Reuters — International Monetary Fund Managing Director Christine Lagarde said the institution will likely downgrade its 2016 global growth forecast again as economic prospects are dimmed by weak demand, flagging trade and investment and growing inequality.
Lagarde told Reuters in an interview that G20 leaders need to do far more to spur demand, bolster the case for trade and globalisation, and fight inequality.
Lagarde also said she was encouraged by Greece’s recent privatisation efforts and was hopeful that reform legislation would soon be passed and implemented. But the IMF is still not ready to participate in the latest version of Greece’s bailout.
“We are not party to the program because I have said repeatedly that the program has to walk on two legs. One, there has to be significant reforms and second there has to be a debt that is sustainable by our standards and our measurements and this at this point in time is not the case,” Lagarde added.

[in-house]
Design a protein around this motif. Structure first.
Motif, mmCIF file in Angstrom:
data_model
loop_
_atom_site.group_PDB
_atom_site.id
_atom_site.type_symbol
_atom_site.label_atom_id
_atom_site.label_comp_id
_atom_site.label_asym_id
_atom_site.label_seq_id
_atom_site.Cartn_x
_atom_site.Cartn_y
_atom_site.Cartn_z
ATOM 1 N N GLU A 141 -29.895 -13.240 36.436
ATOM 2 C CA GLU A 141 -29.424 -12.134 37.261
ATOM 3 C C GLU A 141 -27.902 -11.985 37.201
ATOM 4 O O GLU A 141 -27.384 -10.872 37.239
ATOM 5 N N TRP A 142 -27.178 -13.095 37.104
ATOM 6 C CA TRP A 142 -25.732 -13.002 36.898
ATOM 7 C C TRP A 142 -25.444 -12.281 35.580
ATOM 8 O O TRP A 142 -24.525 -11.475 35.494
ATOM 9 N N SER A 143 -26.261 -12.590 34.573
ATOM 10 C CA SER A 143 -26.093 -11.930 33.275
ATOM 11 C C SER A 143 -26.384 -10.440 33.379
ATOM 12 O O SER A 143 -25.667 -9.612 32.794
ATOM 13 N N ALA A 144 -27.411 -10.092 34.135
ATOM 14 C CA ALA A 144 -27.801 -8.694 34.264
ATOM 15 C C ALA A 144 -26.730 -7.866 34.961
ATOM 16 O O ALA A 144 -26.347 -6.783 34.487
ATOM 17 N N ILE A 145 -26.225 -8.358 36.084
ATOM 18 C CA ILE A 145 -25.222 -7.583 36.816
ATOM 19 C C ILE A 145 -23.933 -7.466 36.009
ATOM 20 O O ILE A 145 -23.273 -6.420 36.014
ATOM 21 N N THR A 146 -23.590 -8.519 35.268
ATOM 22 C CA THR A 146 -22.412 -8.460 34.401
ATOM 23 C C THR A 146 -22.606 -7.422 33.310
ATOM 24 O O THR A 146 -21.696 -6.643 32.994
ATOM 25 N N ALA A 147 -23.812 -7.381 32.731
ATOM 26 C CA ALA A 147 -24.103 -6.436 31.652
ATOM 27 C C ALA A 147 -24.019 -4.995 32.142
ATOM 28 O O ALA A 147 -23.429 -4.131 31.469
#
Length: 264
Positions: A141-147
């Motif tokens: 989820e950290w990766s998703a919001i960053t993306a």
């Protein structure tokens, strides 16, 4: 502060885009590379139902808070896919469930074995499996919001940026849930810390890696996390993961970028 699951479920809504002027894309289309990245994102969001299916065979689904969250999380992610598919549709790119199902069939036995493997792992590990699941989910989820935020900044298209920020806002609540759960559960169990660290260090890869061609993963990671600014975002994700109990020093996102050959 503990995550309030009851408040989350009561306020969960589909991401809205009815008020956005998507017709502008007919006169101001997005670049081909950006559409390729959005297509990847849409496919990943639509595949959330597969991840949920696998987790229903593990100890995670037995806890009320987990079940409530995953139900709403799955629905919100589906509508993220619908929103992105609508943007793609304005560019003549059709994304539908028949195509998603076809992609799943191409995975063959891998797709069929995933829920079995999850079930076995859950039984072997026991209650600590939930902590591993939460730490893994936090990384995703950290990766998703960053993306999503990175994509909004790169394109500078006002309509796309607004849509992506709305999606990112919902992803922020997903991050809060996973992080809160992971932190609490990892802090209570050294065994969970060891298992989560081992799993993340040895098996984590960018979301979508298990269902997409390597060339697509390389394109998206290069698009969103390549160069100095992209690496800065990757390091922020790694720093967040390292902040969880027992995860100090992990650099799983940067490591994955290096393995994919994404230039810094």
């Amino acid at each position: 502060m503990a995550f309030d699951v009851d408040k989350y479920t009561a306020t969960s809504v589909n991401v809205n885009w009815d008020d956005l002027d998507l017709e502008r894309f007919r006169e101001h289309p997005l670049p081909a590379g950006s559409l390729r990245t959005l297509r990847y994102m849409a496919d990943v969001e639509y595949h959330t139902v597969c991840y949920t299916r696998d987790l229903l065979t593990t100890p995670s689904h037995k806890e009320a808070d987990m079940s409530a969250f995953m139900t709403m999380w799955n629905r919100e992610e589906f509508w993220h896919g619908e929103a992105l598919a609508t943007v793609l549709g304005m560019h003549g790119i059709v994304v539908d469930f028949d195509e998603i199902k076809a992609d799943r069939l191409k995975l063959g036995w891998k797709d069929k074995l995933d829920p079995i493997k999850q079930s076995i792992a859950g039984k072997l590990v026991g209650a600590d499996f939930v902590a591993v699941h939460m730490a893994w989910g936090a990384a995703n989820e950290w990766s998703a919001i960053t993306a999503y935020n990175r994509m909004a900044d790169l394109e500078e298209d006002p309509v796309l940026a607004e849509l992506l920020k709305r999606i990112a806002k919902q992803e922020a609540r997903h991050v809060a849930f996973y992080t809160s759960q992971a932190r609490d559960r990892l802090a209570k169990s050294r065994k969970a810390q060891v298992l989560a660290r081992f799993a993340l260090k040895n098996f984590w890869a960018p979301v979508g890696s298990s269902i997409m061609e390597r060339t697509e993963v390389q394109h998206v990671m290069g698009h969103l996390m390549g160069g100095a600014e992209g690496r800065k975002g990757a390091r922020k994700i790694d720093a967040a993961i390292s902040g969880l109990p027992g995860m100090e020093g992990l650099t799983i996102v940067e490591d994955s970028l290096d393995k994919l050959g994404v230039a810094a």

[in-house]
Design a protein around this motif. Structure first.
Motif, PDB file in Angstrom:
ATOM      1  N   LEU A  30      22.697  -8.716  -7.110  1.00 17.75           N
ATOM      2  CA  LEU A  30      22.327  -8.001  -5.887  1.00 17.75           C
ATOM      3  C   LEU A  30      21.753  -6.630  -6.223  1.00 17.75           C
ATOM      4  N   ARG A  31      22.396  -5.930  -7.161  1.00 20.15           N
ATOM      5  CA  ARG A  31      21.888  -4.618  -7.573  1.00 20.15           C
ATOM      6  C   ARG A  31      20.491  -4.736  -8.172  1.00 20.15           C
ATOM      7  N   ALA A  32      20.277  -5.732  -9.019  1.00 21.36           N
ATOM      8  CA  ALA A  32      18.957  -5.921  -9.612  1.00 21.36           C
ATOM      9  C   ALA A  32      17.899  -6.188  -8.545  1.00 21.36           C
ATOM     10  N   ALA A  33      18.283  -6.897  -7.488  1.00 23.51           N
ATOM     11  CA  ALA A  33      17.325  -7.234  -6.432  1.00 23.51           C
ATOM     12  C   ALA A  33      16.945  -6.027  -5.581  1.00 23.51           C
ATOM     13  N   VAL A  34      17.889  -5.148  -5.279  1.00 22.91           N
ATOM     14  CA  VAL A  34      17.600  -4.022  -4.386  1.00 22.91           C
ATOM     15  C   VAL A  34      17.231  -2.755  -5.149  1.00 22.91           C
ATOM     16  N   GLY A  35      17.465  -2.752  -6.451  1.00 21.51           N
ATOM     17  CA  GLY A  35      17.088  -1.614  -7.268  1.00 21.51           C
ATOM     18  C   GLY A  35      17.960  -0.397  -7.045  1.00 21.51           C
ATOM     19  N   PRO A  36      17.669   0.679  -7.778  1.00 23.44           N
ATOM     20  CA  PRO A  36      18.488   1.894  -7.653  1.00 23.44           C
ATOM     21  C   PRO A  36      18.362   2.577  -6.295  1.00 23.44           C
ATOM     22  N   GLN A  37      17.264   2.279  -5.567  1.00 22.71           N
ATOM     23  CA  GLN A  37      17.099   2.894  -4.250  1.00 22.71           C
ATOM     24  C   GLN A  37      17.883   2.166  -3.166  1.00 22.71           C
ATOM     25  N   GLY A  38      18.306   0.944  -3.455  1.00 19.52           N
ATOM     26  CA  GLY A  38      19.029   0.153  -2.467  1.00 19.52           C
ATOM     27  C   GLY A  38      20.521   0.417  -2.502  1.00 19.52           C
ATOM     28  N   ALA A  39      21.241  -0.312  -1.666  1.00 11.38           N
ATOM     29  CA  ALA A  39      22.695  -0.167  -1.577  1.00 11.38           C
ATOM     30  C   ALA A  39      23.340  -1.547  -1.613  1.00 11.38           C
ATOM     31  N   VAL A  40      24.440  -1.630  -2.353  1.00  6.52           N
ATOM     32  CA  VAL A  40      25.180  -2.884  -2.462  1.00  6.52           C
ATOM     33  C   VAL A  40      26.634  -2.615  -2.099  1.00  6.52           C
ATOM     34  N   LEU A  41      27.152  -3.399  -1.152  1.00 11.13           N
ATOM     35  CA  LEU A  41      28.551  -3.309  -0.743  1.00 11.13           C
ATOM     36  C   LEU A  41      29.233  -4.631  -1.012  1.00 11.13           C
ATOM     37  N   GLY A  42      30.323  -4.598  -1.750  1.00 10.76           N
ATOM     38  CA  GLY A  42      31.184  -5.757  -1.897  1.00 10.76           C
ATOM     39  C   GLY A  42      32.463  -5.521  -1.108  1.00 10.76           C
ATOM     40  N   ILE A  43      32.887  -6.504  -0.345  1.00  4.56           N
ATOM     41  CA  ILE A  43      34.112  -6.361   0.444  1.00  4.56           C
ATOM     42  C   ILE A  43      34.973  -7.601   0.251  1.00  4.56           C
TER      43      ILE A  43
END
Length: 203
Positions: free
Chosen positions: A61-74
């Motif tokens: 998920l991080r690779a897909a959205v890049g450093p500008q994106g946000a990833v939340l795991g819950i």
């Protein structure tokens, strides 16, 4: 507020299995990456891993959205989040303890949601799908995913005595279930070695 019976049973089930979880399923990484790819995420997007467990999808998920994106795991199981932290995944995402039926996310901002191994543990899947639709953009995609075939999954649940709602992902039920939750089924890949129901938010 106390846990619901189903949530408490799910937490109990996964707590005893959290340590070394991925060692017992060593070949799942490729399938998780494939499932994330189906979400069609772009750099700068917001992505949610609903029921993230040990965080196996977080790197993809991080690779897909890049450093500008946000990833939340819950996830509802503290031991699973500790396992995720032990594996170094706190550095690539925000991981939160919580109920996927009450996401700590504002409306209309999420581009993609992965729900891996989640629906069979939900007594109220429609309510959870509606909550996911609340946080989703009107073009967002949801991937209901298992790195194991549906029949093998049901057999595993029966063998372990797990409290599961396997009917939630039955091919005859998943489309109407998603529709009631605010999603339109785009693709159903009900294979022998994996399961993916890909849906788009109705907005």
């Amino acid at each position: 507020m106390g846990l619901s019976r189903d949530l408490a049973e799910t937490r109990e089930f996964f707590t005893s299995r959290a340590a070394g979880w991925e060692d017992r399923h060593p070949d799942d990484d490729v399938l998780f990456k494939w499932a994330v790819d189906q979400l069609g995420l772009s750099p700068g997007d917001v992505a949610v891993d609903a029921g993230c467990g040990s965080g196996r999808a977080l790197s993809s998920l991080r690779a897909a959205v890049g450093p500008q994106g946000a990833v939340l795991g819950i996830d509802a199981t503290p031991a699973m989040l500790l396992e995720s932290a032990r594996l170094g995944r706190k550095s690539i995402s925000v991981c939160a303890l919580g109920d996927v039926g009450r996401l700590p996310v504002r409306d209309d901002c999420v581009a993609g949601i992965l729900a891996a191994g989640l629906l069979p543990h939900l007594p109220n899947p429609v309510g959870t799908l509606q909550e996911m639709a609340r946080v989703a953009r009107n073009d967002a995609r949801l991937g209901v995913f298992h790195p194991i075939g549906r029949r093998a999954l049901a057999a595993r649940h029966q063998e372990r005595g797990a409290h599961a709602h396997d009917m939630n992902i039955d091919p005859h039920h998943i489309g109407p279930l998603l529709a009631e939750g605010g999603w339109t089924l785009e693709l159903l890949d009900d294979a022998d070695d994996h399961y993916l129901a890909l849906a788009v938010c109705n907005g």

Lagarde also said that her upcoming trial in France over a 400 million euro ($448 million) state payout to businessman Bernard Tapie would not be a distraction to her management of the IMF.
France’s highest appeals court ruled in July that Lagarde should stand trial for negligence in the use of public funds for her role in seeking an out-of-court arbitration settlement for Tapie in 2008, when she was France’s finance minister.
The IMF board has expressed confidence in her ability to effectively lead the institution, and Lagarde’s lawyers have insisted that she acted in the best interests of the French state and in full compliance with the law.
“I draw a lot of strength and determination from the very strong support from the board,” Lagarde said. “And I rely on good and solid lawyers who have to do their jobs, so it’s not a distraction for me. I focus my energy and time on the mission of the IMF and what I have to do to serve that mission.”